KUWAIT (Reuters) - Kuwait’s emir said on Friday he had ordered partial changes to the Gulf Arab state’s electoral system to fix deficiencies ahead of expected elections, prompting opposition threats to boycott the vote.
Sheikh Sabah al-Ahmad al-Sabah dissolved parliament last week to pave the way for new election which many hoped would end a persistent political turmoil that had held up development projects in the major oil producer and U.S. ally.
The opposition, which won a parliamentary majority in a February poll, had said it feared authorities would try to push through new voting rules that could help pro-government candidates.
“I have directed the government to issue a draft law to make partial amendments to the electoral system, aimed at improving the voting mechanism to preserve national unity and to strengthen the practice of democracy,” the ruler said in a speech aired on state television.
Kuwait’s constitutional court had issued a ruling that allowed for any necessary changes to be made to the country’s electoral system, he said. He did not elaborate on what the proposed changes should be.
Kuwaiti opposition politicians criticized the decision and said calls for boycotting the elections were growing.
“We have announced our position that if there was any meddling, there will be a boycott of the election, and what happened was meddling with the constitution of Kuwait,” Hamad al-Matar, a former member of parliament, told Reuters after an opposition meeting.
“I believe there will be big reaction,” he added.
Faisal al-Mislem, another former MP, said: “There is no need for issuing any decree and we refuse to participate in the elections.”
Dhari Al-Rujaib, a youth activist, said there were calls being issued for protests against the emir’s decision. “The street is not happy with the decision,” he said.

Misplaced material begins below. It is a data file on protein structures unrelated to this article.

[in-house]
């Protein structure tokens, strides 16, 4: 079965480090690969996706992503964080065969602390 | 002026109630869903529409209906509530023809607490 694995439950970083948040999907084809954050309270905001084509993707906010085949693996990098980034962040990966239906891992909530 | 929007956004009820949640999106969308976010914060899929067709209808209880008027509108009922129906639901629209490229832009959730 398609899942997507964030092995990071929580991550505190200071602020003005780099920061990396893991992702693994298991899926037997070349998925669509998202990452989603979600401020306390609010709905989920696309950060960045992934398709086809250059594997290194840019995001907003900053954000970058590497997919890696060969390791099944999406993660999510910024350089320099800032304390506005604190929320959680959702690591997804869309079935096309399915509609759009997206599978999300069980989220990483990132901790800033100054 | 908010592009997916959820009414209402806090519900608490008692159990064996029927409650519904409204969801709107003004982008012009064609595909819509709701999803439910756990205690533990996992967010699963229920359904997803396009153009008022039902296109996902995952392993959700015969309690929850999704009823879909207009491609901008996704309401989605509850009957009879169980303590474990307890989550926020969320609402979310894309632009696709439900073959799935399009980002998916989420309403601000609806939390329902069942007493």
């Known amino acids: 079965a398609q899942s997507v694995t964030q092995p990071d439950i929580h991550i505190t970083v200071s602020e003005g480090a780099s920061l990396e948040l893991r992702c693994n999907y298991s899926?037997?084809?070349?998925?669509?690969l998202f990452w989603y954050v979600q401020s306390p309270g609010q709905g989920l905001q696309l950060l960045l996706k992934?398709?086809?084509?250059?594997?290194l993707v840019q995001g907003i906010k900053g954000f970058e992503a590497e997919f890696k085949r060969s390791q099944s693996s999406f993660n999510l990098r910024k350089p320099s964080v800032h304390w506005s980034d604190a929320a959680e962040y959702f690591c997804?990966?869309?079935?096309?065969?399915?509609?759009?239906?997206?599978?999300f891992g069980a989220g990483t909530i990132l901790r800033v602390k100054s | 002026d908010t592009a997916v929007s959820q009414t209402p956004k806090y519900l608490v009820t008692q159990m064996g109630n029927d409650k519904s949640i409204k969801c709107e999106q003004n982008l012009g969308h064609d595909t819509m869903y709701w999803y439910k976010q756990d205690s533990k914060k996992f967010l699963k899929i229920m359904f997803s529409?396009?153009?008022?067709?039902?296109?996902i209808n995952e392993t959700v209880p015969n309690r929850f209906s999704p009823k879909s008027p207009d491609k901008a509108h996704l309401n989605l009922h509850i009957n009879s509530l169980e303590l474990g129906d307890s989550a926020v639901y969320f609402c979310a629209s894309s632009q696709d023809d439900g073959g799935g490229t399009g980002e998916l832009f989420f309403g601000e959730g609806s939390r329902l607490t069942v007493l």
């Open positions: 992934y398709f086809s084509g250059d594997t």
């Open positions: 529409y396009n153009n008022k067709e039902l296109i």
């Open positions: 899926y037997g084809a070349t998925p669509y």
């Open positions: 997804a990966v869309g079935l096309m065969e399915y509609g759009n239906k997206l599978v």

Kuwait oil wealth and a generous welfare state have helped it avoid the “Arab Spring” protests that forced out leaders elsewhere in the region.
But there have been regular demonstrations in the country since last year, stemming from a struggle between the government dominated by the ruling family and mainly Islamist and tribal lawmakers in parliament.
Tensions increased as Kuwaitis waited for the emir to fix a date for the election, which must be held within 60 days from the date of parliament’s dissolution.
Kuwaiti authorities arrested two opposition politicians on Thursday and interrogated a third after they made comments seen as criticizing the emir.
The former members of parliament spoke at an opposition-led rally of about 5,000 people on Monday where Kuwaitis later clashed with riot police close to parliament.
The arrests have prompted protests in Kuwait, including one late on Friday, where some 1,000 people had gathered in the center of the capital to demand the release of the detainees.
The events prompted the Al-Sabah family to issue a rare statement on Thursday calling for obedience to the emir.
The Al-Sabah dynasty has ruled Kuwait for more than 250 years. The 83-year-old emir has led the country since 2006.
Although Kuwait allows more freedom of speech than some of its fellow Gulf states, the emir is seen as untouchable and is referred to as “immune and inviolable” in the constitution.
Sheikh Sabah also warned in his speech On Friday that the recent political turmoil in Kuwait could lead to “strife that could be about to erupt and destroy our unity, disfigure our identity and tear apart our society into fragmented groups”.
He said he had instructed the government to establish a national electoral committee and to organize election campaigns “to guarantee the integrity of the electoral process.”
Reporting by Raissa Kasolowsky and Sami Aboudi; Editing by Michael Roddy and Pravin Char